The infamous Xenomorph Android malware, known for targeting 56 European banks in 2022, is back. But now, it is back, in full force targeting US banks, financial institutions and cryptocurrency wallets.
The cyber security and fraud detection company, ThreatFabric has called this one of the most advanced and dangerous Android malware variants they’ve seen.
How is this happening, you may ask? This malware is being spread mostly by posing as a Chrome browser or Google Play Store update. When a user clicks on the “update,” it installs the malware designed to automate the process of accessing your online accounts and begins extracting and transferring funds.
Besides being aware of this scam (and you should absolutely let your spouse, partners and family know as well), we’re going to inform you on a few ways to protect yourself:
- Be sure to avoid links and attachments in any unsolicited e-mail. Simply previewing a document could infect your device, so never open or click on anything suspicious.
- If updating your browser, simply close it and reopen. You don’t have to download an application to update it. ALSO, the Google Play Store app will NOT ask you for an update, so don’t fall for any website alert or text stating you need to download an update.
But remember, bank fraud can manifest itself in several forms, including:
- Phishing Scams: Cybercriminals send deceptive e-mails or messages, often impersonating trusted entities like banks or government agencies, to trick you or your employees into revealing sensitive info like login credentials. Sometimes these are facilitated by phone calls, so make sure your team is fully aware of this. The latest MGM hack happened when a hacker called the company’s IT department requesting a password reset.
- Check Fraud: Criminals may forge or alter your business’s checks to siphon funds from your account, making it essential for you to secure your checkbook. So be careful about sharing or emailing your account information. You might consider going checkless to cut down on the chances of your account being hacked.
- Unauthorized Wire Transfers: Hackers may compromise your online banking credentials to initiate unauthorized transfers, diverting funds to their accounts.
- Account Takeover: Criminals may gain control of your business’s online banking accounts by taking advantage of weak, reused passwords or any security gaps, such as e-mailing your passwords to others or storing your bank password in your browser, allowing them to make unauthorized transactions.
- Employee Fraud: Surprisingly, even employees may engage in fraudulent activities, such as embezzlement or manipulating financial records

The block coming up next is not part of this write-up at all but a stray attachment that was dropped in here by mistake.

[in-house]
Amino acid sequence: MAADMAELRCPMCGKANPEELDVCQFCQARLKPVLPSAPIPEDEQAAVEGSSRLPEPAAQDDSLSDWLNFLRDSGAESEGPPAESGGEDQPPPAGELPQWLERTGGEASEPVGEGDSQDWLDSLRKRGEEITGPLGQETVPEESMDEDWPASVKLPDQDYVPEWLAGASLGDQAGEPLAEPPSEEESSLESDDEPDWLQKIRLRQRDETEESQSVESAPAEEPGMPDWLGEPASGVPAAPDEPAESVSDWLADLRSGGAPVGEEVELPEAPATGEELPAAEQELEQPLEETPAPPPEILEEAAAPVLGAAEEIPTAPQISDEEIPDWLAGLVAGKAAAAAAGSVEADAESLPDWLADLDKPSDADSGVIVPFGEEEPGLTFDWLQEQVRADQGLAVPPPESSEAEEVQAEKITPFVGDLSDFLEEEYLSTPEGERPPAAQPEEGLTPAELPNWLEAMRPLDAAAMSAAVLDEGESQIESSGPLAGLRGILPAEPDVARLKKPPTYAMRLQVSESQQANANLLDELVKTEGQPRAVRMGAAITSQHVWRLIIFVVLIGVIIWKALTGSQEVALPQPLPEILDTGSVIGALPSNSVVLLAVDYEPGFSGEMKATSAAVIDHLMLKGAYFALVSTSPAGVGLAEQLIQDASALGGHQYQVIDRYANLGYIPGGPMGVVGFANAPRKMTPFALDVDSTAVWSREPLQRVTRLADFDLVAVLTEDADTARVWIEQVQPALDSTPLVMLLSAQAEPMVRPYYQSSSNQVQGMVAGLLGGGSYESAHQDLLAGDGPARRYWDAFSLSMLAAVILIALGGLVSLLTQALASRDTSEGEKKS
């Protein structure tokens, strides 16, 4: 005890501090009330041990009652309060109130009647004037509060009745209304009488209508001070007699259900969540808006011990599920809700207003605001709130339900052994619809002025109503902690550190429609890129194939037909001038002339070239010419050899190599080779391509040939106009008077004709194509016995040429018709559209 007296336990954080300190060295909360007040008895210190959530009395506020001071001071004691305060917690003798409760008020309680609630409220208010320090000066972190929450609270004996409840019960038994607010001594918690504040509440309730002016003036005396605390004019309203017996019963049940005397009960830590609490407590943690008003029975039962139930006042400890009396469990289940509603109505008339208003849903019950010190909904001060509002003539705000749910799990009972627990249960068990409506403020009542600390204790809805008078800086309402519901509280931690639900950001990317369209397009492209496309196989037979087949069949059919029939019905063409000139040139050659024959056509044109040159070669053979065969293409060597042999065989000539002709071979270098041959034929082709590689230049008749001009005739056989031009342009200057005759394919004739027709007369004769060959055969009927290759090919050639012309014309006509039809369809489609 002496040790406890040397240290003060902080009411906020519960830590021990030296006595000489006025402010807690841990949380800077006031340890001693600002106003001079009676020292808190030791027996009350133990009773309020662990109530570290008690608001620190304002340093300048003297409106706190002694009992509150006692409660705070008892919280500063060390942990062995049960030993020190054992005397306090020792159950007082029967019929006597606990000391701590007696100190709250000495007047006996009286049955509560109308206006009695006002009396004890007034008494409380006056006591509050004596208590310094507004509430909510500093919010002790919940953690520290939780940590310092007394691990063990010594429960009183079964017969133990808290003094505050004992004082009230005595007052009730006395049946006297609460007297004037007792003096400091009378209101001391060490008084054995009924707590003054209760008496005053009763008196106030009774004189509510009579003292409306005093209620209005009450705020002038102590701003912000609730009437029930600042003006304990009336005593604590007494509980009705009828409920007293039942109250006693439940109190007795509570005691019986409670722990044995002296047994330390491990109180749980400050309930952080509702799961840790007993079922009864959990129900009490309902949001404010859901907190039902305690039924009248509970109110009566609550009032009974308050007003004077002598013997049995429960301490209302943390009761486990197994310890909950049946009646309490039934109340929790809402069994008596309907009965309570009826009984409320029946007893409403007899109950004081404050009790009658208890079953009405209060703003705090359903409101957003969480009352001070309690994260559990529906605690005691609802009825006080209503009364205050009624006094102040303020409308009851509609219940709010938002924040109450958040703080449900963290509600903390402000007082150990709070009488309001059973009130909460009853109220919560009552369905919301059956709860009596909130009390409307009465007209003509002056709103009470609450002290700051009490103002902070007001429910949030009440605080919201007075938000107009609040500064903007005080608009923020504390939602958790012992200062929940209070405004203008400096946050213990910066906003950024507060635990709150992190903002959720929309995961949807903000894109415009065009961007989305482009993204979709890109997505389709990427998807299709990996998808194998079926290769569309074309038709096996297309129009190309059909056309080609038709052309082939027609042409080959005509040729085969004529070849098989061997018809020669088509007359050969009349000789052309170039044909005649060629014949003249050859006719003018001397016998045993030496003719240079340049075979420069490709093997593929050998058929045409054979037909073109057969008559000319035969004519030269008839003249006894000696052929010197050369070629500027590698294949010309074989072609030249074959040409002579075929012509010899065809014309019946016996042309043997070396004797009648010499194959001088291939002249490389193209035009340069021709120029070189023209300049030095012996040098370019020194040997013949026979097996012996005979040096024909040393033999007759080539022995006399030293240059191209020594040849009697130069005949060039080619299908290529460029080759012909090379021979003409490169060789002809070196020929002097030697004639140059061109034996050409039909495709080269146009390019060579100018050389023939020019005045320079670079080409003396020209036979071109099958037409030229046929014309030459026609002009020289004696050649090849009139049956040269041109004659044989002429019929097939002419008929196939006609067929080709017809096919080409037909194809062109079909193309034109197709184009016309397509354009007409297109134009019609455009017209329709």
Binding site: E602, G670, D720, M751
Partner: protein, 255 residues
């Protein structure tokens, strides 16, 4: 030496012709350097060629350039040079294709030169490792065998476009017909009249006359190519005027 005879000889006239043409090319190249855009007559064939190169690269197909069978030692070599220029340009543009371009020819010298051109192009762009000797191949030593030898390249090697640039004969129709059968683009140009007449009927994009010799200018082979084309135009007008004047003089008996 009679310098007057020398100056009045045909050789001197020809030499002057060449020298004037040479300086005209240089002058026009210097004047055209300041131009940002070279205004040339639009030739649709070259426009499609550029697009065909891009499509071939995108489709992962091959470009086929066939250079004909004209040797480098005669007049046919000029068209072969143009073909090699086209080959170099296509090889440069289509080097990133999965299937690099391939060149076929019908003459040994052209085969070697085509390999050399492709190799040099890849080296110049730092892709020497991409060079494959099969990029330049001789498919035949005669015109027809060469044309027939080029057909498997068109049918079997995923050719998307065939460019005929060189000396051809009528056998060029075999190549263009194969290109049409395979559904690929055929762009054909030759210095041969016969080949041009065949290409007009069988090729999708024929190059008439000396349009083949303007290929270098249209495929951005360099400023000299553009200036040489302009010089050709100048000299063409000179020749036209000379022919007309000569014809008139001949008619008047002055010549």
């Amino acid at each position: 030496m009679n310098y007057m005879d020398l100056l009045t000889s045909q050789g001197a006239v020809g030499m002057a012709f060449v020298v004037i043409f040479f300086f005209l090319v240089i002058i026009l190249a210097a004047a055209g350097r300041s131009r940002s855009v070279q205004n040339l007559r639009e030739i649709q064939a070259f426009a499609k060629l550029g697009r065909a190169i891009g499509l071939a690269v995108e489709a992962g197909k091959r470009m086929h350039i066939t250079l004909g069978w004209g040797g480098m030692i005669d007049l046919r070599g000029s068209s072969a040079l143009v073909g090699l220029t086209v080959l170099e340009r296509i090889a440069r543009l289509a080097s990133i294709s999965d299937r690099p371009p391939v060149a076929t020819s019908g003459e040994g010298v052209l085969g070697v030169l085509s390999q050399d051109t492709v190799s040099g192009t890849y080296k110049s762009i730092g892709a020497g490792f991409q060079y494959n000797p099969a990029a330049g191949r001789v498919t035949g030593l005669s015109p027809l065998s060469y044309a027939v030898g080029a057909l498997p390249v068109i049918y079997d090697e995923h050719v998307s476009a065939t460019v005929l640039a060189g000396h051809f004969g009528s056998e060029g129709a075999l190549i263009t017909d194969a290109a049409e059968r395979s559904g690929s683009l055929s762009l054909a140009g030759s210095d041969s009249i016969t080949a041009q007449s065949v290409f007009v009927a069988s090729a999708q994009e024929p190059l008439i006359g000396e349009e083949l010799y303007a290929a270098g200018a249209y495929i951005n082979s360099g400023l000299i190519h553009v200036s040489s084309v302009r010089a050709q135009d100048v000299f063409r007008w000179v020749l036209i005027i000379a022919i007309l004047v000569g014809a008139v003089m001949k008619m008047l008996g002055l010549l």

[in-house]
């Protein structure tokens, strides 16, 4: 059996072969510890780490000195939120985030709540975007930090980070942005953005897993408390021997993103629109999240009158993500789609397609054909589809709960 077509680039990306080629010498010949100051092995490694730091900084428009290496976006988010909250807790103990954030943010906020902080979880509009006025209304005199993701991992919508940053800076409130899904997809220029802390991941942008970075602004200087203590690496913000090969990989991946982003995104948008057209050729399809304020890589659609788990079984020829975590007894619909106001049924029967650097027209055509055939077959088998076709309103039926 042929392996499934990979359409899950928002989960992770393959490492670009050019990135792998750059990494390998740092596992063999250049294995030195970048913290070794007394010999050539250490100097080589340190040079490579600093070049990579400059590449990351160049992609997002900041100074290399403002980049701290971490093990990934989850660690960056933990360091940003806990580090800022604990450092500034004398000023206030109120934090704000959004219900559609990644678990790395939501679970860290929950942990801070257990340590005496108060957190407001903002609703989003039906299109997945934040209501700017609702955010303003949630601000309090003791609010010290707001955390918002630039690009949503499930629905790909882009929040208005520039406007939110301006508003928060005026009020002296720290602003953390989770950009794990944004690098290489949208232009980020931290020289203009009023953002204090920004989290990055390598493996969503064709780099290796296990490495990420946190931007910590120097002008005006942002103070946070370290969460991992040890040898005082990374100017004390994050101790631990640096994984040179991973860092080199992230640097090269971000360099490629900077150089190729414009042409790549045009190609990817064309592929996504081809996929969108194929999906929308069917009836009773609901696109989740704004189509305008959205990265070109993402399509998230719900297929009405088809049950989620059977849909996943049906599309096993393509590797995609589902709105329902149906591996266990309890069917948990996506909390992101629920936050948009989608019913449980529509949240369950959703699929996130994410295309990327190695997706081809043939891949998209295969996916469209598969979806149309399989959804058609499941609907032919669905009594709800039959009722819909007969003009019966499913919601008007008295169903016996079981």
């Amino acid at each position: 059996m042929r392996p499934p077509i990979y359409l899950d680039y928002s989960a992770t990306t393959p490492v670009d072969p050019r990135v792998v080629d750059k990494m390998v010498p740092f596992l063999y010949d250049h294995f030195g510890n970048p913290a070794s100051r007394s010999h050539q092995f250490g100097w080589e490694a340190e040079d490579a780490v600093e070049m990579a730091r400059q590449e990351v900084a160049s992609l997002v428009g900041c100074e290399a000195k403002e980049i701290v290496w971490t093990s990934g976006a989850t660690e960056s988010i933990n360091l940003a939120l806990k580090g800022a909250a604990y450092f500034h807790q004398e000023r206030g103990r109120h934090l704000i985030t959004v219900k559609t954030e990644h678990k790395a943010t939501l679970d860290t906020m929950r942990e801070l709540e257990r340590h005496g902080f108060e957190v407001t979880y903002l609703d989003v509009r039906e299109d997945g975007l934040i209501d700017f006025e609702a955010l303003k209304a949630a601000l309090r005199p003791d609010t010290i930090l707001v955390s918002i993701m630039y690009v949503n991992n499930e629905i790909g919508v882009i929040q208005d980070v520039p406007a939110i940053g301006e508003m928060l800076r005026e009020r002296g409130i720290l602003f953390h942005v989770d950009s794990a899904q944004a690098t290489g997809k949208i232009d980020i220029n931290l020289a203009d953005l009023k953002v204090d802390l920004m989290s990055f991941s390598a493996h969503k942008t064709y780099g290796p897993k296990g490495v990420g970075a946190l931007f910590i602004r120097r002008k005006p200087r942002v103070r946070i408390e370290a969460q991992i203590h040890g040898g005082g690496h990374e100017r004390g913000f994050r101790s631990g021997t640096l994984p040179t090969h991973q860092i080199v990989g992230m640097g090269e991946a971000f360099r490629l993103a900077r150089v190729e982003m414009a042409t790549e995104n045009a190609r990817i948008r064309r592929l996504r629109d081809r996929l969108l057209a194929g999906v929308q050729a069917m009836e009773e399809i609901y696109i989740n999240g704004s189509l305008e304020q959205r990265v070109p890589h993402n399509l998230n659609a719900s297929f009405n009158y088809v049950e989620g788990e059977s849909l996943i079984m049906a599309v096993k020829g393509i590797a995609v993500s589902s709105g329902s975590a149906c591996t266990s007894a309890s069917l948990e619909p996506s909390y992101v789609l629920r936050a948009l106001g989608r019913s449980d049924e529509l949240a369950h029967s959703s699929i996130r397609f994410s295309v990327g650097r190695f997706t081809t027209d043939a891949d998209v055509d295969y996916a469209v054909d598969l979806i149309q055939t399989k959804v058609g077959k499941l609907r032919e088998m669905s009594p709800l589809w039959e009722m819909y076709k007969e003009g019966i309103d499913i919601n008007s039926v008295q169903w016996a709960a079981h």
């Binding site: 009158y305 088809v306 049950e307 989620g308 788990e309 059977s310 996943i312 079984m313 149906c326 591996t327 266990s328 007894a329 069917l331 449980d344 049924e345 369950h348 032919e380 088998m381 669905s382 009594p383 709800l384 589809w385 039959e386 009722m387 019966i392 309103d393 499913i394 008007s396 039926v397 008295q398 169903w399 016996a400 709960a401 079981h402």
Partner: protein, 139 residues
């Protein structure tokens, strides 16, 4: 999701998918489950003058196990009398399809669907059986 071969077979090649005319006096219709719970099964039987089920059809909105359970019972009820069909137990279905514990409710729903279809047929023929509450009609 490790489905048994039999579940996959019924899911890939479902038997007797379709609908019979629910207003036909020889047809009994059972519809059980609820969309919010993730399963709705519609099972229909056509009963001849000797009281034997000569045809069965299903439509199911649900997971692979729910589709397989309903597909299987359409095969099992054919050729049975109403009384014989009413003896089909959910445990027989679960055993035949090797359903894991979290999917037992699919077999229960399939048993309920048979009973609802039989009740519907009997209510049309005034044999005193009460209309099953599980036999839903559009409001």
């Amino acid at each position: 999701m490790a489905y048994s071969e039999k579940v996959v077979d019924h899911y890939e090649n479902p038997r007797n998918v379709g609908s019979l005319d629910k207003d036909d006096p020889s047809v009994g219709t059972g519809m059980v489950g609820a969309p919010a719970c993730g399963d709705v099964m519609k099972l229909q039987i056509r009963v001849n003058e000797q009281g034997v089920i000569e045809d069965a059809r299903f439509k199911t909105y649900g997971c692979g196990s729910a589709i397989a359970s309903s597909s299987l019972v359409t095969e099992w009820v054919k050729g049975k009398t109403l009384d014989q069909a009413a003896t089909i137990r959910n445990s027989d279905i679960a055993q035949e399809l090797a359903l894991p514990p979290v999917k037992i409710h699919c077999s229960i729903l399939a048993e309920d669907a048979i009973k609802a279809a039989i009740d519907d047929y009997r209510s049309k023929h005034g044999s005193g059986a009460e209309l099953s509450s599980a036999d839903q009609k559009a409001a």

We cannot reiterate this enough, but please protect yourself, using strong, unique passwords for your online banking accounts. Never store them in your browser. Also, update your passwords monthly with significant changes to them (adding uppercase, lowercase, symbols and numbers that are at least 14 to 16 characters).
Second, always turn on multifactor authentication (MFA) so you’re notified if anyone tries to log into your accounts, without your knowledge.
Third, set up alerts for large withdrawals. You can ask your bank to require a physical signature for wire transfers to protect you from someone accessing your account without your signature.
Fourth, get fraud insurance that specifically covers employee and online theft, so you are protected in the event a cybercriminal steals money from your account.
And, as always, make sure you have strong cyber security in place for ANY device, that logs into a bank account or critical application. So many businesses believe that if their data is “in the cloud,” they’re safe. Realize, your bank account is “in the cloud,” and the bank likely has a secure portal, but that doesn’t mean YOU can’t be hacked.
If you want to ensure your organization is truly secure, click here to request a free Cyber Security Risk Assessment to see just how protected you and your organization are against known predators. If you haven’t had an independent third party conduct this audit in the last 6 months, then you’re long overdue.
It’s completely free and confidential, with NO obligation. Voice scams are just the latest in a tsunami of threats aimed at small business owners, and the most susceptible being the ones who never “check the locks” to ensure their current IT company is doing what they should. Don’t be a sitting duck! One of our friendly and helpful techs are ready to help and be reached at 201-402-1900, or via email at: firstname.lastname@example.org.